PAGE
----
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"Pink isn't a color. It's a lifestyle." - Chumbalaya
"...generalship should be informing list building." - Sir Biscuit
"I buy models with my excess money" - Valkyrie whilst a waitress leans over him

Monday, April 26, 2010

Armies in 5th: Basics Part 7: Assault II

Well thanks to some well thought out comments (and wine…) I missed some rather obvious yet less basic concepts in my last Armies in 5th article in relation to assault. So let’s cover them and anything else I can think of now and forgot to mention previously (SSBB > SSBM).

TKE and Chumb pointed out in different ways that attacking multiple targets can often be to your benefit. Continuing with the FW example. Assaulting one FW squad is likely to break them but assaulting two is less likely, etc. Whilst you are more likely to take damage in that combat you are more likely to either break both squads or have the combat ensue. Against shooting armies like Tau, being in combat is often a much better place to be. This generally falls down to a judgement call however as you don’t want to get stuck in for too long where help can arrive or be in a position where you win and get shot to death (unless you can hack it, in cover, etc.). You can also dilute your strength by stringing out your squad during the movement phase. This stops some of your models from getting into combat.

You can also use this stringing out to your advantage (MagicJuggler reminded me of this!). This is essentially blocking in the assault phase. Harder to master than blocking movement as you still need the opponent to maintain coherency and be able to assault it, it can pay large dividends in combat. Models that are not in combat can still die and using this skill properly you can get your whole unit into combat with only a few of your opponent’s models. By tank shocking opponent units you can spread them out (just like you would normally clump them for flamers/blasts but here you try and create a wedge with your tank) or using other units near your assaulting unit (including tanks) so when you charge an opponent, their defender reacts move takes them around your units (remember they can only engage the unit in combat). This can dilute your opponent’s attacks in combat or importantly keep special weapons away from your units (I.e. Nob PKs).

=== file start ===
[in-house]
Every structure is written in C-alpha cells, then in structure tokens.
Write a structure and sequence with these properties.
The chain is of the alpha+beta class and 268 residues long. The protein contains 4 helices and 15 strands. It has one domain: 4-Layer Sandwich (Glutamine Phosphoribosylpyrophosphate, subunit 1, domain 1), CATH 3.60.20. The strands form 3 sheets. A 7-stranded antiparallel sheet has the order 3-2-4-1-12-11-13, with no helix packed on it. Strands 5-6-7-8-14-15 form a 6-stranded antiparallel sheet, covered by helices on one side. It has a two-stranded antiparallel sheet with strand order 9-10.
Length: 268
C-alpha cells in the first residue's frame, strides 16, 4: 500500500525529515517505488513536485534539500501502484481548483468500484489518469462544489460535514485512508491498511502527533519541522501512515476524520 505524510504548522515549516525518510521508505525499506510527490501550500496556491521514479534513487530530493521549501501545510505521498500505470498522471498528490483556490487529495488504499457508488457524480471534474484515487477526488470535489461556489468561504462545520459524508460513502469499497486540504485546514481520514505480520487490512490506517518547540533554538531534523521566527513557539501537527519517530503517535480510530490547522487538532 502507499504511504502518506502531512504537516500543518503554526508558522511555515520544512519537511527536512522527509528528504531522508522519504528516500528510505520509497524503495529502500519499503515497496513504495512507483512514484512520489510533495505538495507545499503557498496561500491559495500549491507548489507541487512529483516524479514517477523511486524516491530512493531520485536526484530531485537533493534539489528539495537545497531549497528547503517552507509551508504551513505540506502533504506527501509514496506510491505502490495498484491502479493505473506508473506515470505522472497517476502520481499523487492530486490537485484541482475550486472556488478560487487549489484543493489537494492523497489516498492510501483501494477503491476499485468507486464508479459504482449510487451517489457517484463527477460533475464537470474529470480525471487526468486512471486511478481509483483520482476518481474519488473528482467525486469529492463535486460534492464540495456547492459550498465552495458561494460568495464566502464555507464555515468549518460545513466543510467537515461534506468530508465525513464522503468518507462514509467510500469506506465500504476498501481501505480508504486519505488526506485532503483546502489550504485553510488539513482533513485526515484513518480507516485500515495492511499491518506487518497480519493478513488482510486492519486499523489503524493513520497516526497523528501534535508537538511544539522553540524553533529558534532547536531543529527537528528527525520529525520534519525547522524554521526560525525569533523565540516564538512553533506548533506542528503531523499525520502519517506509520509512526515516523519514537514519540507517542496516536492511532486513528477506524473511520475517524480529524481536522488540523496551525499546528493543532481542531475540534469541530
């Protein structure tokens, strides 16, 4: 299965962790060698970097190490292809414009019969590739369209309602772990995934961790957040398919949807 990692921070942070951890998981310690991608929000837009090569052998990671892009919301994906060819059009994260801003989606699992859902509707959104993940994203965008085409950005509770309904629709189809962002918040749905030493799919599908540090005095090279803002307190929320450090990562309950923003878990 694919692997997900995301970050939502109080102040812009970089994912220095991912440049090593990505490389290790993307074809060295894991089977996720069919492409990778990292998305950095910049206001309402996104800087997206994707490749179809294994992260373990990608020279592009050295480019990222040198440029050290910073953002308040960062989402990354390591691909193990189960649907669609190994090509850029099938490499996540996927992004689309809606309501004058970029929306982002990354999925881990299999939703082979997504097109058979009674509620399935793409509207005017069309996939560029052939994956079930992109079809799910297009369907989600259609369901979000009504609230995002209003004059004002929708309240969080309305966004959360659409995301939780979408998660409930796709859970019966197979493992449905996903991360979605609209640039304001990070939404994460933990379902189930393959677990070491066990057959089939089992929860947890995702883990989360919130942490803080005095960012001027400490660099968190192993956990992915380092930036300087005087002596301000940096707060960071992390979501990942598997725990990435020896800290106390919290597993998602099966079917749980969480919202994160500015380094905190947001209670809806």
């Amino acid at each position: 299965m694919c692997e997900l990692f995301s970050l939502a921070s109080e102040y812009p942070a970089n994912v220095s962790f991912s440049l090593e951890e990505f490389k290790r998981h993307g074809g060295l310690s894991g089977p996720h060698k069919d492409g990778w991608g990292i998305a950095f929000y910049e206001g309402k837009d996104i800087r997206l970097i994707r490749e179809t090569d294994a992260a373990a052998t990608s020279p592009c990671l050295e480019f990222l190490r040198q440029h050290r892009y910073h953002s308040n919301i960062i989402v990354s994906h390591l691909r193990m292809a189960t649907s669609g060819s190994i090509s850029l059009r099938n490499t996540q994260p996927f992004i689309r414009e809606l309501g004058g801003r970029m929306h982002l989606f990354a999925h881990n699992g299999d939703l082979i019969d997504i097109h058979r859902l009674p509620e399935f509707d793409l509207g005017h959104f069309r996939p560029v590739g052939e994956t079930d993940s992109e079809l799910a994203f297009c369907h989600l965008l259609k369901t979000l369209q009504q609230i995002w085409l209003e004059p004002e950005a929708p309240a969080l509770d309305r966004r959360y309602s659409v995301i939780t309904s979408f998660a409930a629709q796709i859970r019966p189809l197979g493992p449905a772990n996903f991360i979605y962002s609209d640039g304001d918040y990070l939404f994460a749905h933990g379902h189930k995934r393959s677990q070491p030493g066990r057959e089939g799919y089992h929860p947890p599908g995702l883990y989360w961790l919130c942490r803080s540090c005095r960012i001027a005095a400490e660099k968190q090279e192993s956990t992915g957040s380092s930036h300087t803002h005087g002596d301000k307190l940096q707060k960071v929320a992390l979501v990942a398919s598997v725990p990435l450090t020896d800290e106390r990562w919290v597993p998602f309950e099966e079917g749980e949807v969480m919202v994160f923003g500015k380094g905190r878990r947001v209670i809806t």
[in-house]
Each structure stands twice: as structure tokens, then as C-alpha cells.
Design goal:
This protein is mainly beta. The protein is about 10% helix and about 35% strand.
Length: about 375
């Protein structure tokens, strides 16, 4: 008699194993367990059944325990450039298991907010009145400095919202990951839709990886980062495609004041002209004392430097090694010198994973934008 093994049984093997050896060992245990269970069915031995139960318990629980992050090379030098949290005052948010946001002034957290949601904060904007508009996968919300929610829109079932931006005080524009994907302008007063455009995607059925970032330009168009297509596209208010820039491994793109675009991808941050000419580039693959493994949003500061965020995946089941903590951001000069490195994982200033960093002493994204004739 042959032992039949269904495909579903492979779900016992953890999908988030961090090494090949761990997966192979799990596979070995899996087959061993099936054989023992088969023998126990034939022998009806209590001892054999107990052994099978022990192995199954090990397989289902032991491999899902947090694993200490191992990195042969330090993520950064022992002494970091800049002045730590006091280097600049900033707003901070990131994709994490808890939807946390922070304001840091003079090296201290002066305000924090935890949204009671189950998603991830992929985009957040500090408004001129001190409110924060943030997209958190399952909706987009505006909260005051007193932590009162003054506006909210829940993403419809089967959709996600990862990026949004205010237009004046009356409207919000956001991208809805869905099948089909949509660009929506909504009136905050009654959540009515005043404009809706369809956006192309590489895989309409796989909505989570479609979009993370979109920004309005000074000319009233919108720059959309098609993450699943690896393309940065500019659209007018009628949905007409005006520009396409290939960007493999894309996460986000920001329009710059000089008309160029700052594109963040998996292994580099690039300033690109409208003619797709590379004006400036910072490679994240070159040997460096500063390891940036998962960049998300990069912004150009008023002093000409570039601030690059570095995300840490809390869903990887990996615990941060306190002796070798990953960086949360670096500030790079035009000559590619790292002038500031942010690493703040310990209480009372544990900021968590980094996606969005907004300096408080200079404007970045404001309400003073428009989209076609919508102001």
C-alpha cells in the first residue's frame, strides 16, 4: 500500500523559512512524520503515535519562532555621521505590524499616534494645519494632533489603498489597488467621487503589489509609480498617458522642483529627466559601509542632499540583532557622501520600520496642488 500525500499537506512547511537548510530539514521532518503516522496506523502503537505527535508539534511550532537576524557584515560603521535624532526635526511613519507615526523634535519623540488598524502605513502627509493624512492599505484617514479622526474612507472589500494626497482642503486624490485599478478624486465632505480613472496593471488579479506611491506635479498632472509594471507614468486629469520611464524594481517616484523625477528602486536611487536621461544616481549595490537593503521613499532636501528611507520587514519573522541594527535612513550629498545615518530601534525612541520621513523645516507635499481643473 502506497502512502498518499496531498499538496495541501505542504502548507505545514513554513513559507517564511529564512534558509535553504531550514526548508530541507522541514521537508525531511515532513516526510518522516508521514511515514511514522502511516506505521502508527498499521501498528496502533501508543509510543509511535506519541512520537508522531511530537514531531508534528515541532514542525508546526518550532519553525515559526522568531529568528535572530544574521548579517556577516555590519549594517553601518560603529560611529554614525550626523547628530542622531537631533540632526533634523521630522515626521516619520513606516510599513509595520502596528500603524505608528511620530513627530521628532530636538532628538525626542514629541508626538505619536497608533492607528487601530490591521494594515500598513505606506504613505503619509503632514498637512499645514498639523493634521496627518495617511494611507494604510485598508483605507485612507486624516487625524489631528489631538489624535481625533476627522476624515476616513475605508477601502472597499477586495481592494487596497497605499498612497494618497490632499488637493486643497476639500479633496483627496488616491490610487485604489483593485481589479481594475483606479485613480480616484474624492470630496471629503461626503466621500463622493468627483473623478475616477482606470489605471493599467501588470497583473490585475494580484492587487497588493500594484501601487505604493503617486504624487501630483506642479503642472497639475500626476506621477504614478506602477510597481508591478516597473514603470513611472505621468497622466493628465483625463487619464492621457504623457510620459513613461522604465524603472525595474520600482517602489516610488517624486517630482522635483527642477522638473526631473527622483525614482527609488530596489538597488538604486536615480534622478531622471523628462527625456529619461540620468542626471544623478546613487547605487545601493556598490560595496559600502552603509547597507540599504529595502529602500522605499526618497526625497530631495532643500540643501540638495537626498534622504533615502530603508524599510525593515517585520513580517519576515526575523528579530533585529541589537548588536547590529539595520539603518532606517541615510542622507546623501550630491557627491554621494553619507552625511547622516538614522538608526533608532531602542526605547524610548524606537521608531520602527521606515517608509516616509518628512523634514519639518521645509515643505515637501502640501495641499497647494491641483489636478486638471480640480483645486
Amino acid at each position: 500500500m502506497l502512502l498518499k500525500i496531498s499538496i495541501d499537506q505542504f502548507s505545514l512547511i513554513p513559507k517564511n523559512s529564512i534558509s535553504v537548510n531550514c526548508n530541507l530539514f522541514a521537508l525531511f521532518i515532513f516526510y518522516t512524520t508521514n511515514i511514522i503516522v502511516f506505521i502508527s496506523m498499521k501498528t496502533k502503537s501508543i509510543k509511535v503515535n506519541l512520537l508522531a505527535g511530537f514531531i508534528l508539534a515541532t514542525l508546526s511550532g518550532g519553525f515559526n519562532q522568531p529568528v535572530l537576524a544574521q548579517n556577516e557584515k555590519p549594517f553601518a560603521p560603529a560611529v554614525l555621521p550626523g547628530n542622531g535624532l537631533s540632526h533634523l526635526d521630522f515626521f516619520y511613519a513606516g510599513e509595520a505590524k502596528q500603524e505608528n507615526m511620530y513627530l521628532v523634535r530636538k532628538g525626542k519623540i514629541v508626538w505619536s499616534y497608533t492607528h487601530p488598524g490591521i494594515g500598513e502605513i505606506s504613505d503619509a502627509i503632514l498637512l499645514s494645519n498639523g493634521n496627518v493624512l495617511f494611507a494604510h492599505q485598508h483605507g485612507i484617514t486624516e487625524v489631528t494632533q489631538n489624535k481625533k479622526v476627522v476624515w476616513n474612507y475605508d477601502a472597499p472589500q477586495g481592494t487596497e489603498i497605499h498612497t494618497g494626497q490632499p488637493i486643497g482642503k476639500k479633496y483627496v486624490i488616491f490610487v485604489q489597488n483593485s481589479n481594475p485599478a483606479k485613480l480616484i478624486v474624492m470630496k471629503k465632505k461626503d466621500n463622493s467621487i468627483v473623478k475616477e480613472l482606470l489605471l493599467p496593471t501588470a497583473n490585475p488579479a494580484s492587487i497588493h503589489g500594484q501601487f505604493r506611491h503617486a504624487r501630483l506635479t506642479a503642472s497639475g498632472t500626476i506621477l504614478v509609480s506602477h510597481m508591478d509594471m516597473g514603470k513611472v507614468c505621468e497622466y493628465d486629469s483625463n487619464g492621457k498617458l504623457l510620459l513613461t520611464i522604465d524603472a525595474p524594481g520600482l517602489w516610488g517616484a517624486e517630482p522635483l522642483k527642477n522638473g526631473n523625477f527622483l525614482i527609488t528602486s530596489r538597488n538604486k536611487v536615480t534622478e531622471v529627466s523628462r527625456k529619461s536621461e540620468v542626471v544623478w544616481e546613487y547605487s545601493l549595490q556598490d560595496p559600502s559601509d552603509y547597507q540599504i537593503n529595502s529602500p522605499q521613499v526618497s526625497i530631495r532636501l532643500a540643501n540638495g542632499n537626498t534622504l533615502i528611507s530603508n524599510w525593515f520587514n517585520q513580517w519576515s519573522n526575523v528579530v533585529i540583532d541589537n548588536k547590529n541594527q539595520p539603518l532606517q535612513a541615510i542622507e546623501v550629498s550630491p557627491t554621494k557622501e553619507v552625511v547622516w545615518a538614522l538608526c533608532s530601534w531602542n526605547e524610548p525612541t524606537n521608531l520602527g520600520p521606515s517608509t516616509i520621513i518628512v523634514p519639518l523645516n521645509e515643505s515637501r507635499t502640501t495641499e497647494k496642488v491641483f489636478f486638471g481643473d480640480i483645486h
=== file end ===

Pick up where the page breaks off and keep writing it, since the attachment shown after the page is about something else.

Furthering the blocking concept in assault and prolonging combat, when you assault you have to be able to get into base to base. If you are therefore able to keep enough enemy models alive and between you and your opponent’s units, they cannot send more units into combat (this is particularly true against horde armies who are forced to start wrapping around if they can). This can allow you to bring your reinforcements up or protect your unit in combat from more attacks. Remember though this can be done against you, too.

I also alluded to something MagicJuggler pointed out in his comment but I didn’t really go into it. By assaulting with multiple units (particularly into super units) you dilute your opponent’s strength as they have to spread attacks around your units (again, 5 man BA units). This is particularly useful for also ‘pulling’ special combat attacks onto units you want to sacrifice (like Grots) or units which can take the damage (I.e. TH/SS termies).
I think that’s a more complete summary of the more ‘advanced’ assault techniques. Anyone remember anymore? Thanks again for the heads up!

2 pinkments:

Chumbalaya said...

Tripping and floatiness FTL. Thought Pokemon Trainer and Snake are made of win.

Good followup.

Surreptitious Muffin said...

Yeah. Winning combat isn't always a good idea. As a Tau player, I groan whenever my FWs pull of a stunning CC victory because I know they're going to die next turn and I lose a turn of shooting against the enemy unit.

I remember watching a game where a trygon was chewing through a squad of CSM. The chaos player had a huge (8+) unit of terminators loaded up with combi-plasma nearby. It was the Tyranid CC phase and the chaos player was cheering for his CSM to hold the line. I was mystified.

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